President Obama delivered an encouraging and no-nonsense speech Tuesday morning to a Virginia high school audience and millions of other students nationwide by Internet broadcast, urging them to believe in themselves and never give up on reaching their goals and fulfilling their dreams.
Obama’s speech was like so many other presidential addresses throughout history – the chief executive acting as the chief encourager.
Vice President George Herbert Walker Bush made a similarly encouraging speech at Tupelo High School in 1987, campaigning for GOP gubernatorial candidate Jack Reed Sr. of Tupelo and for himself as the front-runner for the 1988 Republican presidential nomination.
The THS students, like the students in Virginia on Tuesday with Obama, provided an appropriately enthusiastic, respectful welcome for Bush, the highest-ranking official ever to speak to a student audience in Tupelo.
This week, former first lady Laura Bush put the whole idea of presidential speeches and students in perspective: In an interview with CNN, Bush said, “There’s a place for the president of the United States to talk to schoolchildren and encourage school children” to stay in school.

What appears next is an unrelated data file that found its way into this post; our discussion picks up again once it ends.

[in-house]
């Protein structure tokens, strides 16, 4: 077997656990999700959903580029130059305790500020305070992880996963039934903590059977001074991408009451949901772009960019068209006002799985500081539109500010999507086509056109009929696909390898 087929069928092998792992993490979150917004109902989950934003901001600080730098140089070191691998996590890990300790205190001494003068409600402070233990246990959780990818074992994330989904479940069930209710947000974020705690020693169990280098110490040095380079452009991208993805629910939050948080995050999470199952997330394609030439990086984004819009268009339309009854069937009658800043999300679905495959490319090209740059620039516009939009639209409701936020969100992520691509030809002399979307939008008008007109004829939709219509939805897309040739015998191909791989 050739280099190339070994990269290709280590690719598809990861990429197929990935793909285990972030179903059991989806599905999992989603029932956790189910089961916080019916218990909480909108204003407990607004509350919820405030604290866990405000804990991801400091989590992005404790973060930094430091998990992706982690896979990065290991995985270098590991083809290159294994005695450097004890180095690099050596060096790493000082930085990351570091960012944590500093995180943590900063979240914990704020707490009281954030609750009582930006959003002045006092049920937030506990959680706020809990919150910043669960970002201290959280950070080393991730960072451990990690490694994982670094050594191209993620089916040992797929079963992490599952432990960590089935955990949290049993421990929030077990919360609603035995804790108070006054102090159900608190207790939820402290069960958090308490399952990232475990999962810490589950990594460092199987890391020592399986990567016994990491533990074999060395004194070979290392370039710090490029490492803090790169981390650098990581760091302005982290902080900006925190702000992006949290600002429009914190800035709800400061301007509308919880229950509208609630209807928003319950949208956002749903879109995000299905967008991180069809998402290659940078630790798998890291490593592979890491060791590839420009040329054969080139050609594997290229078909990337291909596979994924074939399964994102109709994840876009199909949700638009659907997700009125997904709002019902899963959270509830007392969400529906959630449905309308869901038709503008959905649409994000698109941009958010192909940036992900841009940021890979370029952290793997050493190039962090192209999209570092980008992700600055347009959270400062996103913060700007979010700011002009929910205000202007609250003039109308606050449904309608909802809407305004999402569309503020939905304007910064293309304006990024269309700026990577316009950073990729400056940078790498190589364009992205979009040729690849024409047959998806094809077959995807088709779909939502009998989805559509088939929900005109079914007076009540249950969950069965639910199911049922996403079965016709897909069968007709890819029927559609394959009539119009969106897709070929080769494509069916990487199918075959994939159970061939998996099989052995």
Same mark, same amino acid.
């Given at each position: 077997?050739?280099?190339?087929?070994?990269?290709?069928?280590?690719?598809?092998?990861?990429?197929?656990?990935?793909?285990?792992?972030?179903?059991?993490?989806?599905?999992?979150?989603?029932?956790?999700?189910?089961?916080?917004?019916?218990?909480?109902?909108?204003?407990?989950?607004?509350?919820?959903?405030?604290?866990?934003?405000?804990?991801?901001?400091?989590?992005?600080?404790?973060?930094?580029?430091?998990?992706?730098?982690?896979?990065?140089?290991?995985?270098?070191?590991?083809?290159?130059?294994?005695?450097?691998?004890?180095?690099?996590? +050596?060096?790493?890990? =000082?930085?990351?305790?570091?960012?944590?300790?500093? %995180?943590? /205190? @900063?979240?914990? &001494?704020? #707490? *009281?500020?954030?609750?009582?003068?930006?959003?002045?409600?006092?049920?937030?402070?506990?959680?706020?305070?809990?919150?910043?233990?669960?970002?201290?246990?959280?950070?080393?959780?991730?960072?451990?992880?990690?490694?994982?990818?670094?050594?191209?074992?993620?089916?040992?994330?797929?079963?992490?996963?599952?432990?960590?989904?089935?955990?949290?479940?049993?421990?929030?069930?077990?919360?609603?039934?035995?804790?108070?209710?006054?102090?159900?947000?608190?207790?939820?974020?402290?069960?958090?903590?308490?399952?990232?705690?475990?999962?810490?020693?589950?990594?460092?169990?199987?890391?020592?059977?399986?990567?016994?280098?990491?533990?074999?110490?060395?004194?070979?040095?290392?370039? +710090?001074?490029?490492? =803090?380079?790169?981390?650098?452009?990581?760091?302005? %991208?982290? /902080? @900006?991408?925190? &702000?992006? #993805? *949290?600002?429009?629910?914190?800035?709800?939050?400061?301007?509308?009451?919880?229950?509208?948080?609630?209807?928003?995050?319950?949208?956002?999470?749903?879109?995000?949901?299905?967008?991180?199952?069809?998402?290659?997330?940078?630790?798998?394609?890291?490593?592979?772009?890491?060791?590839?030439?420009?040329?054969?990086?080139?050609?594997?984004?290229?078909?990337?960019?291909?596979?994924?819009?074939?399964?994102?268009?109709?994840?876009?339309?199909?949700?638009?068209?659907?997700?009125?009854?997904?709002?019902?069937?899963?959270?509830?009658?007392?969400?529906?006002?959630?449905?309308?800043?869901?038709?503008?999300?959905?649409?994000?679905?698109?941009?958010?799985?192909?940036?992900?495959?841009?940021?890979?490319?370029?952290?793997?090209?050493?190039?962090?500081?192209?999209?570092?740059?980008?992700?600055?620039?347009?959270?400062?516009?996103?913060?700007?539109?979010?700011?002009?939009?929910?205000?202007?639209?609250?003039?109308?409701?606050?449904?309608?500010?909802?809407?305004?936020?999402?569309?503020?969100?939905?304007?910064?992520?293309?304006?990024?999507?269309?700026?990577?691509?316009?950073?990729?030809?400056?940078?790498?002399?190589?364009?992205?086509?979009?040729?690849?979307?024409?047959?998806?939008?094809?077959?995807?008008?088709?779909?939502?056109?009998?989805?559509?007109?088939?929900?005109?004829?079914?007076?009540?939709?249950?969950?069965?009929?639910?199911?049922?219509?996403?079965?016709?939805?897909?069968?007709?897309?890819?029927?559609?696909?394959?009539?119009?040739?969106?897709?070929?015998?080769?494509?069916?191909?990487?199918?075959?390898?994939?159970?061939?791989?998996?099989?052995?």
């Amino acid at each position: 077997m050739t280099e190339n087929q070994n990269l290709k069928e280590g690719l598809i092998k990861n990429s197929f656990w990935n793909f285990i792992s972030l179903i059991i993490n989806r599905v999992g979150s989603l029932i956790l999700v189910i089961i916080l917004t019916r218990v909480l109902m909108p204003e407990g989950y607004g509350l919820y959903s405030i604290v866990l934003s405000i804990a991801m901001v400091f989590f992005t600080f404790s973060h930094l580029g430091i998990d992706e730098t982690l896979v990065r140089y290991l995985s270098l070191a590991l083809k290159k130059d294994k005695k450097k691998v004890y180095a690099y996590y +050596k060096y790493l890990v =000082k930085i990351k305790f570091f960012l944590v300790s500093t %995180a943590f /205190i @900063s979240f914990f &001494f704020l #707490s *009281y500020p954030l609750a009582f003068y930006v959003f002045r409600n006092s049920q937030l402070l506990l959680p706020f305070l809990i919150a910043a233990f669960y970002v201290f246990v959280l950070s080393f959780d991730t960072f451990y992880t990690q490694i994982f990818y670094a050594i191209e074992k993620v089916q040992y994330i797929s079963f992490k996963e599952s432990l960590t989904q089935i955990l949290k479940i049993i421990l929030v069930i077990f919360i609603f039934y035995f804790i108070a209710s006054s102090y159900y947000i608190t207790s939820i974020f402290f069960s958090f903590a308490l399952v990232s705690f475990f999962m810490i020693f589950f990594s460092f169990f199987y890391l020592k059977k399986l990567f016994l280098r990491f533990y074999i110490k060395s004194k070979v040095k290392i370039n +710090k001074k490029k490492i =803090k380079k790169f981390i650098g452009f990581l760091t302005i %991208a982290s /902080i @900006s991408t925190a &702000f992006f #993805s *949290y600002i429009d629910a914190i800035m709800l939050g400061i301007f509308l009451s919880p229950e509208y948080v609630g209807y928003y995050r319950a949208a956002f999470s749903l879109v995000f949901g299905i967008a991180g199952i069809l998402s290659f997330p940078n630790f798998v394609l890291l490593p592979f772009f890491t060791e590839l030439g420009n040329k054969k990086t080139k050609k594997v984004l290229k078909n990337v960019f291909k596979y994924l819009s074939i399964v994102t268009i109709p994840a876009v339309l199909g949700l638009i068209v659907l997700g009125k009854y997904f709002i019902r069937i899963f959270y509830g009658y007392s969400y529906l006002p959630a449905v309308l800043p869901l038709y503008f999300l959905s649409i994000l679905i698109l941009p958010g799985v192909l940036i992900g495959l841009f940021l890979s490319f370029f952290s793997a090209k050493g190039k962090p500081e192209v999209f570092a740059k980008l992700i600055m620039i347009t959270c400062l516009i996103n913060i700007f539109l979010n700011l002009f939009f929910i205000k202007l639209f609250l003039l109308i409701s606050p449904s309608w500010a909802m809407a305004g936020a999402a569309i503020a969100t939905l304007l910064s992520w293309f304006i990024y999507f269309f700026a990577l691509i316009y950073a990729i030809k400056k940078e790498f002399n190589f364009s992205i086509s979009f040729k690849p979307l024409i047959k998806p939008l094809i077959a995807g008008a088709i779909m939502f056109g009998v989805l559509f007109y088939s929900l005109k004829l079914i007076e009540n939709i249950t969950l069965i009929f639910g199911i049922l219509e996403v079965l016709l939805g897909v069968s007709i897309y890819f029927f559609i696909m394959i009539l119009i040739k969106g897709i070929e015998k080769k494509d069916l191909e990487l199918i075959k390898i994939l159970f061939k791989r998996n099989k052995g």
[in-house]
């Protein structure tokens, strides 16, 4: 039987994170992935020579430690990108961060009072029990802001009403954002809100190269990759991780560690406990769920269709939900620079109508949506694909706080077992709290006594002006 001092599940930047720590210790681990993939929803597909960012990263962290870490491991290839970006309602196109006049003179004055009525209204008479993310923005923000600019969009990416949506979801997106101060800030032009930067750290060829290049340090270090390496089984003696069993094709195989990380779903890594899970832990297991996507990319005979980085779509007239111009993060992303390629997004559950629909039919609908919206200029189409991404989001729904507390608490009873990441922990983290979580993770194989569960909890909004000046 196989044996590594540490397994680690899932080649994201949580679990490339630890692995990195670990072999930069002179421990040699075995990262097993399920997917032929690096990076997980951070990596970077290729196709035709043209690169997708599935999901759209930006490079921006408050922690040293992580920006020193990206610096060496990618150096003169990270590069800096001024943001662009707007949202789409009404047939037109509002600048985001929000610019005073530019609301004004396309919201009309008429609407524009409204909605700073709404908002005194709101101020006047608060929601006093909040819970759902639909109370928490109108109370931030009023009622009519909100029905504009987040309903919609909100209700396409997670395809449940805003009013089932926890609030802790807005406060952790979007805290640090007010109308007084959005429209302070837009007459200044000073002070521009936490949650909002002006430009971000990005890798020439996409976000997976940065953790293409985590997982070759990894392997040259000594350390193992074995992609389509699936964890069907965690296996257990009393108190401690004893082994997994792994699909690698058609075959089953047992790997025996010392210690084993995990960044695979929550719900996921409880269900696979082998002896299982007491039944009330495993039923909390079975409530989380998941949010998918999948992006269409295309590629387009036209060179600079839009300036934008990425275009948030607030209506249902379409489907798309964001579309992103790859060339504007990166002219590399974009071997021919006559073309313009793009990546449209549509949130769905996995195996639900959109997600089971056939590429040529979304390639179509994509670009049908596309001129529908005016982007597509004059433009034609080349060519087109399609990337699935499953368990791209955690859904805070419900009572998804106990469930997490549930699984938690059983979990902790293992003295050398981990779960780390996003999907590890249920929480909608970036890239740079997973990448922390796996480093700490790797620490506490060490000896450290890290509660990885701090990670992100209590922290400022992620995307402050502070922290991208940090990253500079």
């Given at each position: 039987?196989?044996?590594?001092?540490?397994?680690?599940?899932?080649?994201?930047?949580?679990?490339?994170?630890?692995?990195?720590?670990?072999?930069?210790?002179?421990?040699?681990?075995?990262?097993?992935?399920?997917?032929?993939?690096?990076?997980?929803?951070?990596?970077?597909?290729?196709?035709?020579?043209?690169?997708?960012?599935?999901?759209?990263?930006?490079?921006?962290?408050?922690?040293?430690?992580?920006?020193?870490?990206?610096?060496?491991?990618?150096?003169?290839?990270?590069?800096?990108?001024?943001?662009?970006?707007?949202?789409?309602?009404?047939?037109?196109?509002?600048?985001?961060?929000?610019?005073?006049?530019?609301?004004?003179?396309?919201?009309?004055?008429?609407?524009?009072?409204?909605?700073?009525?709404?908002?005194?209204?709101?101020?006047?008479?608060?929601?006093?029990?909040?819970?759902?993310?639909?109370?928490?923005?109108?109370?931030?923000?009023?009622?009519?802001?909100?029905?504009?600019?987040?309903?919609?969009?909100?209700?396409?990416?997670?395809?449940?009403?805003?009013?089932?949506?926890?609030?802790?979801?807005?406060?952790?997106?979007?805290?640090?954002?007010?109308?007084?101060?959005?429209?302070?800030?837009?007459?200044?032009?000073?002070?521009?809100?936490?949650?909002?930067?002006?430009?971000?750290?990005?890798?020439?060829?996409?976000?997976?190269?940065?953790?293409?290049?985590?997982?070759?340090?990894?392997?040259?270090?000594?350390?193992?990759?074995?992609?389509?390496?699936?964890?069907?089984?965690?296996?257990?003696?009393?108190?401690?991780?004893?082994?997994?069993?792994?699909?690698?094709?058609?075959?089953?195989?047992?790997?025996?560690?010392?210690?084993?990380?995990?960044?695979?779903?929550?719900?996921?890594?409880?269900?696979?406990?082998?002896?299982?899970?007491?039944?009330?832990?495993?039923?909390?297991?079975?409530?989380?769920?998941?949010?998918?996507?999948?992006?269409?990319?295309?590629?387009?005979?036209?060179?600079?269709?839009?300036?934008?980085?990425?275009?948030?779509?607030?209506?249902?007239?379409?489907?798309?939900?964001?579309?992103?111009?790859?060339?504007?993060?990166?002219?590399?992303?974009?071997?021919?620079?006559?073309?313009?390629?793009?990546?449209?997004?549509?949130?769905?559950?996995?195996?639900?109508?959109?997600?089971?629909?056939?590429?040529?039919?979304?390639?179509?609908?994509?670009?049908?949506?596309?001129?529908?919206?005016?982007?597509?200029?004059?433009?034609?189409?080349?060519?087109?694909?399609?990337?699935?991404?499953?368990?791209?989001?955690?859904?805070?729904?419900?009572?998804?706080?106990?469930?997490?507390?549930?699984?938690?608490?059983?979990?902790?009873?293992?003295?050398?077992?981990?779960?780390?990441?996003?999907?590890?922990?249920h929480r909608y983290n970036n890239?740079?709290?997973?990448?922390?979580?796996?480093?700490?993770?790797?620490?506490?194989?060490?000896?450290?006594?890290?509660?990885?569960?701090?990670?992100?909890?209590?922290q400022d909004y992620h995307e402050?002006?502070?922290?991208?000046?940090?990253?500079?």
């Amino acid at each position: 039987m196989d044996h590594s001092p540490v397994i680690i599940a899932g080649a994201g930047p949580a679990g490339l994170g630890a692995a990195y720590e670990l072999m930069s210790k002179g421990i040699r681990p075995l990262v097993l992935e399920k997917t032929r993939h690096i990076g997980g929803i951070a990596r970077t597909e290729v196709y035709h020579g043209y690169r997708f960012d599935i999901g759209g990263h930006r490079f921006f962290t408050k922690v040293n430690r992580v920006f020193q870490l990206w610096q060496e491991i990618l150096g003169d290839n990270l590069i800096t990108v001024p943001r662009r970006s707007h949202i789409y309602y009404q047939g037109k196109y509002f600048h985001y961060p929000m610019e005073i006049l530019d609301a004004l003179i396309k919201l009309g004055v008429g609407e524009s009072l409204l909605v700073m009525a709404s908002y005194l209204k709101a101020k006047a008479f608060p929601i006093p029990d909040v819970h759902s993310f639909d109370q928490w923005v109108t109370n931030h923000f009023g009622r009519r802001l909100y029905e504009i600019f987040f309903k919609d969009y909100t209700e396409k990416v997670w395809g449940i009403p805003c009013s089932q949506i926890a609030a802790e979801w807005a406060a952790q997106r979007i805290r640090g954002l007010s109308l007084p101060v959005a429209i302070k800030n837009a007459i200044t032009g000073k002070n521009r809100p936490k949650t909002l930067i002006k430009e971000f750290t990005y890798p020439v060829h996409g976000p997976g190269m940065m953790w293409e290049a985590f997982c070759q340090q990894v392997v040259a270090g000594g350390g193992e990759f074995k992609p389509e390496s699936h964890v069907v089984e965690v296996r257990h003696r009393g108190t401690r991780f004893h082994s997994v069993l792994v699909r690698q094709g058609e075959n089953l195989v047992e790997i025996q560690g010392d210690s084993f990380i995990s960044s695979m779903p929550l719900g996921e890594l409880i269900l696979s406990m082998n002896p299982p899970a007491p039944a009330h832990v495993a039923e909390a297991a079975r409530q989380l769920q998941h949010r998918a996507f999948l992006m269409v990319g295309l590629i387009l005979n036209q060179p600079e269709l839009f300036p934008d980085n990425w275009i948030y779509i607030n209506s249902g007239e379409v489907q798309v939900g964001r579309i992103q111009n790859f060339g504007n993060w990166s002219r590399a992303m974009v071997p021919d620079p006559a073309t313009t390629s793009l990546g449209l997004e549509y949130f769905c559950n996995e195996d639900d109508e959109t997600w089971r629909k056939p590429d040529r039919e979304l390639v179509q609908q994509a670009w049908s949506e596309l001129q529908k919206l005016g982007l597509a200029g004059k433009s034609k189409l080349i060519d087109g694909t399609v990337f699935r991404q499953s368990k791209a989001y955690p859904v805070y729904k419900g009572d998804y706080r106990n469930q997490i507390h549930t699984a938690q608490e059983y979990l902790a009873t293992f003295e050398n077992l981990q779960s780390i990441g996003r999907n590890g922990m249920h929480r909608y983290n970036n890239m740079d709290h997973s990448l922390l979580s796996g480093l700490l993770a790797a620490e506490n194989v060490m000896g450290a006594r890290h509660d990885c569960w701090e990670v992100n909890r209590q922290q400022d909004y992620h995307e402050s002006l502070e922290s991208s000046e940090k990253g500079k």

Bush, a former Texas public school teacher, said that regardless of any partisan differences, it’s “really important for everyone to respect the president of the United States.”
The unfounded concerns expressed by some about an Obama “indoctrination” speech melted Monday with release of the speech’s content. Many detractors became supporters and praised presidential encouragement for students’ doing the right thing: staying in school, defying adversity, graduating, taking responsibility for themselves, and striving for success, which Obama said is never easy.
“ … At the end of the day, we can have the most dedicated teachers, the most supportive parents, and the best schools in the world – and none of it will matter unless all of you fulfill your responsibilities … unless you show up to those schools; pay attention to those teachers; listen to your parents, grandparents and other adults; and put in the hard work it takes to succeed,” Obama said at Wakefield High in Arlington, Va.
President George H.W. Bush made strongly similar challenges in a 1991 speech to all the nation’s students:
“I’m asking you to put two and two together: Make the connection between the homework you do tonight, the test you take tomorrow, and where you’ll be 5, 15, even 50 years from now. … The real world starts right here. What you do here will have consequences for your whole lives.”
Obama followed an important, rock-solid tradition in his remarks. We need more speeches like it.
NEMS Daily Journal